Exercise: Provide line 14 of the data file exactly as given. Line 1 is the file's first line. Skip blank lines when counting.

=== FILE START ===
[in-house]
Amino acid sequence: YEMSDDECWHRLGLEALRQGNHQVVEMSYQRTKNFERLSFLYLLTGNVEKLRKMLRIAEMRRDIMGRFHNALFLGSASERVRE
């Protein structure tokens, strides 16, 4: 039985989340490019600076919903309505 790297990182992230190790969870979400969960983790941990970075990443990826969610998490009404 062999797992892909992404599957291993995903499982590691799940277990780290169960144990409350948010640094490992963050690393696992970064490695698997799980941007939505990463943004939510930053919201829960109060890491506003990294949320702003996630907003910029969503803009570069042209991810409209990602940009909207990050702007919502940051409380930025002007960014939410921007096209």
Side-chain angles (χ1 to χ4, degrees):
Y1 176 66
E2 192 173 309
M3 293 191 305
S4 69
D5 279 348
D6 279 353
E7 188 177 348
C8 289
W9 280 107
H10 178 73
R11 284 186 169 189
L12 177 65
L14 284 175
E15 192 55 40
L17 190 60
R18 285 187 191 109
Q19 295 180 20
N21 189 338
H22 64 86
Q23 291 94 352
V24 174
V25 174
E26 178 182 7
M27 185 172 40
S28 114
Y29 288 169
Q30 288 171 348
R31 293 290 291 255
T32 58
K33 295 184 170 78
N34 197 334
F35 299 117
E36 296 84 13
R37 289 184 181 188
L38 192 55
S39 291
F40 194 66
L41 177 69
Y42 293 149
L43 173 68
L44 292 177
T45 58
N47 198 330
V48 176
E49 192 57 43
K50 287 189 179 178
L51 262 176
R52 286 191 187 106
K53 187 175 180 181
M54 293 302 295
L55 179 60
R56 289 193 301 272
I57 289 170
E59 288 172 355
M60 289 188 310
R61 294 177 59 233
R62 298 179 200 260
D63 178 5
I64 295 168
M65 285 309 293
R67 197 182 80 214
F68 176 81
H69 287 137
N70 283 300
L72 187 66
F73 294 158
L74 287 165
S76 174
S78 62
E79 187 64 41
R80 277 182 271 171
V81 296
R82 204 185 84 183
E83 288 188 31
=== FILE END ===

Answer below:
H10 178 73